How-To
4
min read

How to Use Up Your Onion Surplus: 6 Creative and Delicious Ideas

Too many onions and not sure what to do with them? We have 6 ideas for you on how to use them up and store them for later!
February 21, 2024

Onions are one of the most versatile and flavorful vegetables you’ll get in your CSA box. They add depth and aroma to any dish, and they have many health benefits as well. But what if you have too many onions? You don’t want to waste them, but you also don’t want to eat the same onion soup every day. Don’t worry, we have you covered. Here are 6 creative and delicious ideas on how to use up your onion surplus and enjoy them in different ways.

1. Roast Them

Roasting onions brings out their natural sweetness and caramelization. You can roast them whole, halved, or sliced, and season them with salt, pepper, herbs, and olive oil. Roasted onions are great as a side dish, or you can use them to make sauces, dips, or salads. For example, you can make a roasted onion and garlic dip by blending roasted onions, garlic, sour cream, mayonnaise, and parsley.

2. Freeze Them

Freezing onions is a simple and convenient way to preserve them for later use. You can freeze them chopped or sliced, and in portions or batches. Freezing onions will change their texture, making them softer and less crunchy, but they will still retain their flavor and aroma. You can use frozen onions in soups, stews, casseroles, or stir-fries. To freeze onions, peel and chop or slice them, spread them on a baking sheet, and freeze until firm. Then, transfer them to a freezer bag or container, and store in the freezer for up to 6 months.

3. Caramelize Them

I won’t lie to you, there’s no quick way to properly caramelize onions. But you can make them in a big batch and freeze them in smaller portions for later. Who doesn’t want on-demand caramelized onions? They make a great topping for flatbreads and meat, or you can stir them into some sour cream for a vastly superior French onion dip. Use whatever your preferred method is for caramelizing onions, let them cool completely, then portion them in small freezer containers and freeze for up to 6 months.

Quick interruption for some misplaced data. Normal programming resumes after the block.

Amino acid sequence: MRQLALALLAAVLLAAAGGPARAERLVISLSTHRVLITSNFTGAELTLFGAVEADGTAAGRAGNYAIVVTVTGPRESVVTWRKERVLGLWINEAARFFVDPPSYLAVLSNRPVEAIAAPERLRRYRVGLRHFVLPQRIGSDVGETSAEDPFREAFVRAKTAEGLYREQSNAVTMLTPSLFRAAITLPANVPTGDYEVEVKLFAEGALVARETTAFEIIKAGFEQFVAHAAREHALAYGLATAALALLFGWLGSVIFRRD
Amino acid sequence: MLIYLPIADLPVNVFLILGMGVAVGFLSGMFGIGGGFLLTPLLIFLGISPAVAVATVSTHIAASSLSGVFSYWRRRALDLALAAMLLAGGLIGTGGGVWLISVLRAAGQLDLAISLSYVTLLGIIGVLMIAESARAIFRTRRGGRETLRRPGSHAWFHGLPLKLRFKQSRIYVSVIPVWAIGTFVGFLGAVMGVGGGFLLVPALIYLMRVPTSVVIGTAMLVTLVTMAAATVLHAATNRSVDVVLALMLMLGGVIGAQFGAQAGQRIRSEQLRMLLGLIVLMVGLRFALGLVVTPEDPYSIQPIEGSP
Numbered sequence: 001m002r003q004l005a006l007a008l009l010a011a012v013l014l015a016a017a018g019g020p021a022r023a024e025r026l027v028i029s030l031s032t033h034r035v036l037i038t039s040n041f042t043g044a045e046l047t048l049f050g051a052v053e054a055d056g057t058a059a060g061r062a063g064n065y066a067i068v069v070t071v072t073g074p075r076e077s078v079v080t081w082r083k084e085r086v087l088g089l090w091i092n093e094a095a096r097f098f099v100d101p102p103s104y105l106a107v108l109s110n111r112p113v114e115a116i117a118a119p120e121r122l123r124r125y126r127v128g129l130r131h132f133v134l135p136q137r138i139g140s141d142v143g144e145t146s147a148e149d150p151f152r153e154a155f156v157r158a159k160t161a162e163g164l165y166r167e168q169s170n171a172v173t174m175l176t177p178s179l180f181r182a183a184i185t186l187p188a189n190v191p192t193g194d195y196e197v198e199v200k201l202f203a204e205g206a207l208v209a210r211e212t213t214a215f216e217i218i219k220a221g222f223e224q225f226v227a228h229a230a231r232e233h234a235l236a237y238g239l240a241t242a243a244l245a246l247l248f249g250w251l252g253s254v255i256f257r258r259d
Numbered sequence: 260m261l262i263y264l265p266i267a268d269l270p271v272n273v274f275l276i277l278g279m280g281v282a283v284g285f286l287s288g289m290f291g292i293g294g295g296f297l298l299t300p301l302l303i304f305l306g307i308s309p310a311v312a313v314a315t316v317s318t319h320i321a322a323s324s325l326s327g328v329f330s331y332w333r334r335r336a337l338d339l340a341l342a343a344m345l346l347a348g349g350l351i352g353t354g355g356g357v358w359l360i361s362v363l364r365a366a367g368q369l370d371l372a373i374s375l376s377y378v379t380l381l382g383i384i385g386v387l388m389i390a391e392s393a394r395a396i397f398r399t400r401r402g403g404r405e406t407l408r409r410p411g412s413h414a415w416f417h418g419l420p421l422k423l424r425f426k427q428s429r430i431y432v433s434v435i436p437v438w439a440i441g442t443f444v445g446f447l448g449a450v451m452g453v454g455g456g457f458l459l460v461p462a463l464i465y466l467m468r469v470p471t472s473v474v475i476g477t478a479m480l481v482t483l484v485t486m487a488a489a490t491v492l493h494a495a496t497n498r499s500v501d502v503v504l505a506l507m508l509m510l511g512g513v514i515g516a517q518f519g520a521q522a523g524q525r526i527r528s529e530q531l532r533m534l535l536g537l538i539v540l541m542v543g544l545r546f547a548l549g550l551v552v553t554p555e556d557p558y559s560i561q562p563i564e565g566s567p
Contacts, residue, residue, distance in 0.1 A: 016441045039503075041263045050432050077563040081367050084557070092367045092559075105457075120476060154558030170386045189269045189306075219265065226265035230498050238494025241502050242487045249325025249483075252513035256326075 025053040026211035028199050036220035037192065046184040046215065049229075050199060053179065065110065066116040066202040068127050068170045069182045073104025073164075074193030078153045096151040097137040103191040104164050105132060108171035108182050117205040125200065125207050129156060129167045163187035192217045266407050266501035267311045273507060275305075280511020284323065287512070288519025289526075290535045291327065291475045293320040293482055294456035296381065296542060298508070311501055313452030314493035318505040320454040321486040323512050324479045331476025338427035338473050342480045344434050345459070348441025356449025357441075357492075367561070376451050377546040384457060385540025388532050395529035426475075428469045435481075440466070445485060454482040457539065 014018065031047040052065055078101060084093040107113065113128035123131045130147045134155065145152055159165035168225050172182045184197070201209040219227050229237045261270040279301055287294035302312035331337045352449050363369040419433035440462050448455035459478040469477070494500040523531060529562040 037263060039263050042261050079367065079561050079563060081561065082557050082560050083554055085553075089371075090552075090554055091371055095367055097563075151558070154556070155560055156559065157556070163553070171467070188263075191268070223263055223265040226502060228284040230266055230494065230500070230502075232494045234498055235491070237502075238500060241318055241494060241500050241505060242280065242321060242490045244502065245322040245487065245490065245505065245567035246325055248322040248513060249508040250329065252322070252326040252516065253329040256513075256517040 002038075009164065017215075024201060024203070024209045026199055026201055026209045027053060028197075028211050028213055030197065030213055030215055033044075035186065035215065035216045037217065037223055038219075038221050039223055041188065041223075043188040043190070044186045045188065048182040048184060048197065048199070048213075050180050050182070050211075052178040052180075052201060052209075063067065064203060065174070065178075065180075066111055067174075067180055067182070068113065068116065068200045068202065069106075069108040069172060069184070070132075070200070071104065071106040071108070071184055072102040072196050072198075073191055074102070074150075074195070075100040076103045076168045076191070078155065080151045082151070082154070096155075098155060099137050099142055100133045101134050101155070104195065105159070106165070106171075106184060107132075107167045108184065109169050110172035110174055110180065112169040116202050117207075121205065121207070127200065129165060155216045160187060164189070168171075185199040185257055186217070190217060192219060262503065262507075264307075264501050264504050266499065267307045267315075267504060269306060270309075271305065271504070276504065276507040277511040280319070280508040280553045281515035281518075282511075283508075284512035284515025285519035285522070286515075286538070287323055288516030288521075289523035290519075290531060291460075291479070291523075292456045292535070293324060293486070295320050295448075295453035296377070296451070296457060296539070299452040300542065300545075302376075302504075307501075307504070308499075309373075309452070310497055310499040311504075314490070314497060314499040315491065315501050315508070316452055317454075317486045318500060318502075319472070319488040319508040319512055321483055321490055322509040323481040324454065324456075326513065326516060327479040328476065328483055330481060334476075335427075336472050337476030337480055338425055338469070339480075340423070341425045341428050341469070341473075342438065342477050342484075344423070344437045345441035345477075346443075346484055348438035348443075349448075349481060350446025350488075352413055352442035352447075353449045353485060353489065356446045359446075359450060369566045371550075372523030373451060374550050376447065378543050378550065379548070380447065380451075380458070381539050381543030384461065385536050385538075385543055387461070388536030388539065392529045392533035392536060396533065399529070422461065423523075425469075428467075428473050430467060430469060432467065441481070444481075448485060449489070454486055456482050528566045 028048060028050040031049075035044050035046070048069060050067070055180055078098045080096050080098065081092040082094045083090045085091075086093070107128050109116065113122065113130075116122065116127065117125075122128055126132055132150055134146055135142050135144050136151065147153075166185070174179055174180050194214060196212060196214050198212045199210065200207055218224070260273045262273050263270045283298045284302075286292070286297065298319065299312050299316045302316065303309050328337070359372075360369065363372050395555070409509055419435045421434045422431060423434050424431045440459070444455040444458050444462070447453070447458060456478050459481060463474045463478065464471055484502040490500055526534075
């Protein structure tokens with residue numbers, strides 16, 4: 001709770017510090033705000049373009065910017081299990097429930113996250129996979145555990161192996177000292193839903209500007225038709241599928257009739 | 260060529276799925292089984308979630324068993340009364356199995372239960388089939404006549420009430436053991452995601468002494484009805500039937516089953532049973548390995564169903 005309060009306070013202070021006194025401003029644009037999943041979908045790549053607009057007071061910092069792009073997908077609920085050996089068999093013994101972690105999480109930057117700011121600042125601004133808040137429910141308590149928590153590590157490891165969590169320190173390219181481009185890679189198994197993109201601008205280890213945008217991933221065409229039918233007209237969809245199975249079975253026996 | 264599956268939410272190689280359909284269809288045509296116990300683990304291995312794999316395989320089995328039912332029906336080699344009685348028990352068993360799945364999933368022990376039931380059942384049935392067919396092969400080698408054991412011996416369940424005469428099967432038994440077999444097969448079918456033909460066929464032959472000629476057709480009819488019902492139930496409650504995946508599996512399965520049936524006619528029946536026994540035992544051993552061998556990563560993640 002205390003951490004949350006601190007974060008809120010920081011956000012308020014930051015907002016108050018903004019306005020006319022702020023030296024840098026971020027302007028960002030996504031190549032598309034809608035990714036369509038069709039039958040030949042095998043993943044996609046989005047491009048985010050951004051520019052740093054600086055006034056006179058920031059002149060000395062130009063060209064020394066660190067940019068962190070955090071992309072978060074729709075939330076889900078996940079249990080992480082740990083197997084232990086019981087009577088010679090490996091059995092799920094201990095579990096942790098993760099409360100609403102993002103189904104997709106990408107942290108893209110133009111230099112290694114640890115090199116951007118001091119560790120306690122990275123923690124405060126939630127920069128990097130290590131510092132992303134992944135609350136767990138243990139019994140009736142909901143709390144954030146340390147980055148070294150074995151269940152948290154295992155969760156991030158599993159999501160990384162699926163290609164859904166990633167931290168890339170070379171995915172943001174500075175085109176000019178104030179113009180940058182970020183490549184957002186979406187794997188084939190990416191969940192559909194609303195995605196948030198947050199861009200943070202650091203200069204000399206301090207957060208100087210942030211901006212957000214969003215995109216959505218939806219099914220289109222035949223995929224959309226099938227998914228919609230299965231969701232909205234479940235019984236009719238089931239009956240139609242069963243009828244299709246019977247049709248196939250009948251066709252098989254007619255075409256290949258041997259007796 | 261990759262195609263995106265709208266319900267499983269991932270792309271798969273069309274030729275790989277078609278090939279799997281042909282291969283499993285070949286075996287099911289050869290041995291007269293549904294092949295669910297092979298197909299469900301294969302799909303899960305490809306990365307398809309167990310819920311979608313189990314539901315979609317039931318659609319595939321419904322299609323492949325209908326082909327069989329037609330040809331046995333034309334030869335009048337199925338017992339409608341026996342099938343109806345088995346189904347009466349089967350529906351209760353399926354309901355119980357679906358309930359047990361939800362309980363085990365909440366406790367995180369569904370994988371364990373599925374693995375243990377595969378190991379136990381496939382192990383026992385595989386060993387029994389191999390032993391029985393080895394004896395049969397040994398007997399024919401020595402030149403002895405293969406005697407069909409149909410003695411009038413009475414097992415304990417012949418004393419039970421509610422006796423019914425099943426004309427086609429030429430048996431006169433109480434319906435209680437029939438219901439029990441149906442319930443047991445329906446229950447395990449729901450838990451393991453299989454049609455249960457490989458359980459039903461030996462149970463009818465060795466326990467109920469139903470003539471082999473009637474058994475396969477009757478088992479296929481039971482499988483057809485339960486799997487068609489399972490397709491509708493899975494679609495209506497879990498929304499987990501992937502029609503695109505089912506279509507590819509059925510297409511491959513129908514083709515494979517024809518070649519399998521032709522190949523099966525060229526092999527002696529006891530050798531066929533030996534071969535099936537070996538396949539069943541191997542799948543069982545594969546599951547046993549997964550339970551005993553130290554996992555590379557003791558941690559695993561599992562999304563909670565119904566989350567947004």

4. Dehydrate Them

Dehydrating onions is another way to preserve them for long-term storage. Dehydrated onions are lightweight, shelf-stable, and easy to rehydrate. You can dehydrate them in an oven, a dehydrator, or even in the sun. You can dehydrate them whole, sliced, or chopped, and season them with salt, pepper, or herbs. Dehydrated onions are perfect for adding flavor and crunch to salads, sandwiches, or snacks. You can also use them to make onion powder, onion flakes, or onion soup mix. To dehydrate onions, peel and slice or chop them, arrange them on a baking sheet or dehydrator tray, and dry them at a low temperature until crisp. Then, store them in an airtight container in a cool, dry place for up to a year.

5. Pickle Them

Pickling onions is a fun and easy way to transform them into a tangy and crunchy condiment. You can pickle them whole, sliced, or chopped, and use any kind of vinegar, sugar, and salt. You can also add spices, herbs, or other vegetables to customize your pickles. Pickled onions are great for topping burgers, tacos, or salads, or for serving as a side dish or appetizer. To pickle onions, peel and slice or chop them, pack them into a jar, and cover them with a hot brine of vinegar, sugar, salt, and water. Let them cool, then refrigerate for at least a day before eating. You can store them in the fridge for up to a month.

6. Make Onion Confit

Onion confit is a sweet and savory spread that you can make with any kind of onion, but red onions are particularly nice. You just cook down your onions with wine, sugar, vinegar, and thyme until they turn into a thick and sticky jam. Onion confit is amazing on crackers, toast, or cheese, or you can use it to glaze meats, vegetables, or pies. You can get our recipe here.

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